OCALA, Fla. - Authorities are searching for a 2-foot-long cobra that escaped from its owners home and was reported missing on Monday, according to the Florida Fish and Wildlife Conservation Commission.
Monday at 11:15 p.m. the venomous reptile permit holder contacted the FWC to inform them that his snake had escaped its enclosure at 9 p.m. in the 900 block of Northeast Fifth Street.
The Ocala Star-Banner reports, a man was shadowing the snake's owner so he could get a license to handle poisonous or venomous reptiles and snakes, was at the home late Monday while the owner was working.
Ocala police said he opened the cover of the cage and the snake jumped at him and then slid away. The man called the owner who rushed home. When they couldn't find the snake in the concealed room, they called the Florida Fish and Wildlife Conservation Commission.
Wildlife officials said the apprentice shouldn't have been left alone in the sealed room.
FWC investigators searched the property along with Ocala police and Marion County Fire Rescue for the yellow monocled cobra but did not find the snake, FWC said.
Nearby residents were notified about the escaped snake.
"Residents in the area are urged to use caution until this snake has been captured," the FWC said in a news release. "Although reclusive by nature, cobras are highly venomous and will strike out if they feel threatened."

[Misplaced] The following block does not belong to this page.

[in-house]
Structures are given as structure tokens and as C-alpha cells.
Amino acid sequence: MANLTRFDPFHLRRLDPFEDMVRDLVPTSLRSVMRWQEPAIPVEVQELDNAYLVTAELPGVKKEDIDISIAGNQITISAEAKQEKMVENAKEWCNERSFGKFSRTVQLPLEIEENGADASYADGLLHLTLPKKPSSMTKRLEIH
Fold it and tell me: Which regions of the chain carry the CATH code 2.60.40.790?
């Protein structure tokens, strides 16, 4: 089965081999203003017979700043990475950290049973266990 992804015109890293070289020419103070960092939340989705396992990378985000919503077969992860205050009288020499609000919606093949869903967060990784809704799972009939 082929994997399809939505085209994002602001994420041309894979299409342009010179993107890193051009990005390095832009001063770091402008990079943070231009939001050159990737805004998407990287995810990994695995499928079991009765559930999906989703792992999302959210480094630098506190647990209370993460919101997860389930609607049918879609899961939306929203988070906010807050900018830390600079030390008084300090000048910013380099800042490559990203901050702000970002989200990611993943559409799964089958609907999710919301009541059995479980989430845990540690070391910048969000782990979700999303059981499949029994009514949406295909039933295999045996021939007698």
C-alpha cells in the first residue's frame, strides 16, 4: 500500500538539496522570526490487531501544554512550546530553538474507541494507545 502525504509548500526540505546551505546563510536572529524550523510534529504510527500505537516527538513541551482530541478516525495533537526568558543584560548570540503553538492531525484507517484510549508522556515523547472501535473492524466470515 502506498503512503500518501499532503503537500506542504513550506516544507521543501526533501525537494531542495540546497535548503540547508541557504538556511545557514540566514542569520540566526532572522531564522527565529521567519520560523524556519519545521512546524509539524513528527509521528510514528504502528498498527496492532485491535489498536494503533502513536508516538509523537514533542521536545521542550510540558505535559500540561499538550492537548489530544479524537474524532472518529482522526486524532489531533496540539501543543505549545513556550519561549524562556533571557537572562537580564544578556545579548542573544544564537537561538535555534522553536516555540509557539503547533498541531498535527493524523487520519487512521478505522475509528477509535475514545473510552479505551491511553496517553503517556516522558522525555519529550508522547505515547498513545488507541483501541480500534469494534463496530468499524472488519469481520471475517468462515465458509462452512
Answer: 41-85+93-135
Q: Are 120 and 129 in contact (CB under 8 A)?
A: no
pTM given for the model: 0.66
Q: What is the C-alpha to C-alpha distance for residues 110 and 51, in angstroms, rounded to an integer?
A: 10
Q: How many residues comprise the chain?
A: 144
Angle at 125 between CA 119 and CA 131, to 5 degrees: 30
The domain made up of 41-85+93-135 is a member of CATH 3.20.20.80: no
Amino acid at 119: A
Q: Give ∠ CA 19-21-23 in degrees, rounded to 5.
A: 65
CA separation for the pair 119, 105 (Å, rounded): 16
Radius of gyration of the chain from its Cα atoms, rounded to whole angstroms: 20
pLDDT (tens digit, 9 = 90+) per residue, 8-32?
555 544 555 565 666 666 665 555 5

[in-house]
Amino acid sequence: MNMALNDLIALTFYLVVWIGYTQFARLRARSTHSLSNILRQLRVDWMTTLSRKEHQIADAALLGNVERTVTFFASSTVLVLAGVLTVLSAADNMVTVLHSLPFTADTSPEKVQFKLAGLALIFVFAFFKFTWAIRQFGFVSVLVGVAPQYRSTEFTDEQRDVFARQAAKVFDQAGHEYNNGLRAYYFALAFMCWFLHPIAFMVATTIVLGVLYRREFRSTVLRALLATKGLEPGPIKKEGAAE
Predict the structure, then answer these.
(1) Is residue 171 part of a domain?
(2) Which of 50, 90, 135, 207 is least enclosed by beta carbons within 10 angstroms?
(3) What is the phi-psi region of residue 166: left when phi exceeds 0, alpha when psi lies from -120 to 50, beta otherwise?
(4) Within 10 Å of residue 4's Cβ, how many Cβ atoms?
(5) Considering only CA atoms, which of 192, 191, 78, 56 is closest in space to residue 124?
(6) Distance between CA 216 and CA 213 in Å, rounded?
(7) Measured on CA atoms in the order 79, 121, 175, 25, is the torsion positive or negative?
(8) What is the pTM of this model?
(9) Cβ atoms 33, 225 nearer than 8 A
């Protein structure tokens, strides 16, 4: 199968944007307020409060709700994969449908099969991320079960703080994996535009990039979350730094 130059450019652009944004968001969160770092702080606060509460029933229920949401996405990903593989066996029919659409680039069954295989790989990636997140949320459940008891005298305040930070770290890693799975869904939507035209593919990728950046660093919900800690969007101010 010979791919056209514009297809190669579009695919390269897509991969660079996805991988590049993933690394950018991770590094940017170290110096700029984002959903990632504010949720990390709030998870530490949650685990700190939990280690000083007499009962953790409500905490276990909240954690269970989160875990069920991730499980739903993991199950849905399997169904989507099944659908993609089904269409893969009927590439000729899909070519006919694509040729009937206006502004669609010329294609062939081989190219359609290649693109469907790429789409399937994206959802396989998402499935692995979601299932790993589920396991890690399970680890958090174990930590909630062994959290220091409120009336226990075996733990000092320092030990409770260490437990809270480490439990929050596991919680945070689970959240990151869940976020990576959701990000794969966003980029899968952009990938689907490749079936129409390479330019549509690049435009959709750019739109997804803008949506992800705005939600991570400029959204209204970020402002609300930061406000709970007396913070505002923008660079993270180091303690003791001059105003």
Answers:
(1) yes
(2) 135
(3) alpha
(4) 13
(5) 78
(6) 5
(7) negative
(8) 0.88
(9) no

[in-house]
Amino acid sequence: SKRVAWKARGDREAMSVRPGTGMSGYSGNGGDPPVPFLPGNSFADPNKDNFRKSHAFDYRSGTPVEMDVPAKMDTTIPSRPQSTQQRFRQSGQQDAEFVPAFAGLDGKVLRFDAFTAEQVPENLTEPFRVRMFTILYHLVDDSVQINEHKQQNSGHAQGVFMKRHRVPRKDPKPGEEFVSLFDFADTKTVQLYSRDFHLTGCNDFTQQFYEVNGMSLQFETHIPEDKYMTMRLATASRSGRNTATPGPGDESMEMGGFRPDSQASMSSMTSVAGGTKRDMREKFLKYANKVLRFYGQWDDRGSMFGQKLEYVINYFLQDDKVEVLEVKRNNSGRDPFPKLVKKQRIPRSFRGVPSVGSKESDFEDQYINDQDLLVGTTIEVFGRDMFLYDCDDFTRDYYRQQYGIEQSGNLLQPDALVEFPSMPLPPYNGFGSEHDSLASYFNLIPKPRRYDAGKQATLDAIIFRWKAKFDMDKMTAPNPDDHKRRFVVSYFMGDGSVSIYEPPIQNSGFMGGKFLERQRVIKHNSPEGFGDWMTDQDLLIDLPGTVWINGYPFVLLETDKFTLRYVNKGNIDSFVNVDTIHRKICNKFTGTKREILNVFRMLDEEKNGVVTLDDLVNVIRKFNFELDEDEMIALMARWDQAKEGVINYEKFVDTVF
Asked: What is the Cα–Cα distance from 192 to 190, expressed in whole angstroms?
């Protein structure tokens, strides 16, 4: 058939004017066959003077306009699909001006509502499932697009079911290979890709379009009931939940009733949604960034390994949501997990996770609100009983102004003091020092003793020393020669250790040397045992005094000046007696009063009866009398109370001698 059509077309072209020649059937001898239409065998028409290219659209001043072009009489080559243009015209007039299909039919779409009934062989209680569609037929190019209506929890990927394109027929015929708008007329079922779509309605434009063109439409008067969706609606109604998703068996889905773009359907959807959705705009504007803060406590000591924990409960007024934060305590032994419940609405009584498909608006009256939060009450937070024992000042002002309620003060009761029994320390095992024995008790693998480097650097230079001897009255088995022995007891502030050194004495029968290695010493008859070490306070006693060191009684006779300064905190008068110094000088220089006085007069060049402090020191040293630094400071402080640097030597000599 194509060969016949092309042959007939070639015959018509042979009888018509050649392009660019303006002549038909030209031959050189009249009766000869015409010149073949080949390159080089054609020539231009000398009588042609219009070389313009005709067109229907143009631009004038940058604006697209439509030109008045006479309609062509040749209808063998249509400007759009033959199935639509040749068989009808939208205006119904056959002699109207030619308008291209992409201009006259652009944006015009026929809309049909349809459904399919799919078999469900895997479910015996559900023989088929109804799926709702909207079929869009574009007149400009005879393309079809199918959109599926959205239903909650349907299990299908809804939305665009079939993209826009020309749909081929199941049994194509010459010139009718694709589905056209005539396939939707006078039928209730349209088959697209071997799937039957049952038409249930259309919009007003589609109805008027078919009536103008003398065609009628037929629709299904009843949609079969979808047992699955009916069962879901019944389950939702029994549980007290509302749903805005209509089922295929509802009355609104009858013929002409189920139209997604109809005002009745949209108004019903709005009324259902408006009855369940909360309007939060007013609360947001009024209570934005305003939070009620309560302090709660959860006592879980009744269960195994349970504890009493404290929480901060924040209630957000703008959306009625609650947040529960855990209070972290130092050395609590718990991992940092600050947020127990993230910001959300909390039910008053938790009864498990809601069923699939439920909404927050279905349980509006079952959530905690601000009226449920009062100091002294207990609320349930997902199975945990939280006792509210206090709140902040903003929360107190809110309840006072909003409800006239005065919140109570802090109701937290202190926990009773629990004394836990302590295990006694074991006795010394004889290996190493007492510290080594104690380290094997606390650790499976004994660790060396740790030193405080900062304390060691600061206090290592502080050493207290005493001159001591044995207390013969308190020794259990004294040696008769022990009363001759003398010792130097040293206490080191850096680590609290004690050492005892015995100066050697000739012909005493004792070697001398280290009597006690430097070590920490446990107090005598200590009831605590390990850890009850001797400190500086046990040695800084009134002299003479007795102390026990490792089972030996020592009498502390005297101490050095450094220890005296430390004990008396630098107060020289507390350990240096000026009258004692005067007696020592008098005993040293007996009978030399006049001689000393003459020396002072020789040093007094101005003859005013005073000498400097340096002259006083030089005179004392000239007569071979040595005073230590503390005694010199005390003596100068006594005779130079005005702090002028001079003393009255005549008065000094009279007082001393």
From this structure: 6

In September 2015, an 8-foot king cobra named Elvis escaped from an Orlando home near Clarcona Elementary School.
The cobra belonged to Mike Kennedy, host of the Discovery Channel’s “Airplane Repo,” and he was licensed to have the cobra, according to FWC.
The cobra was captured more than a month later in October 2015 after a woman who was putting clothes in her dryer heard a hissing sound and discovered the snake behind the dryer.
Kennedy was charged with holding wildlife in an improper manner that caused it to escape, not maintaining proper housing and failing to report the escape.
Kennedy's trial is expected to begin March 15.
Anyone who sees the snake should remain stay at a safe distance and immediately call the FWC’s Wildlife Alert Hotline at 888-404-3922 (FWCC) or *FWC or #FWC on cellphones.
The FWC is investigating this incident.
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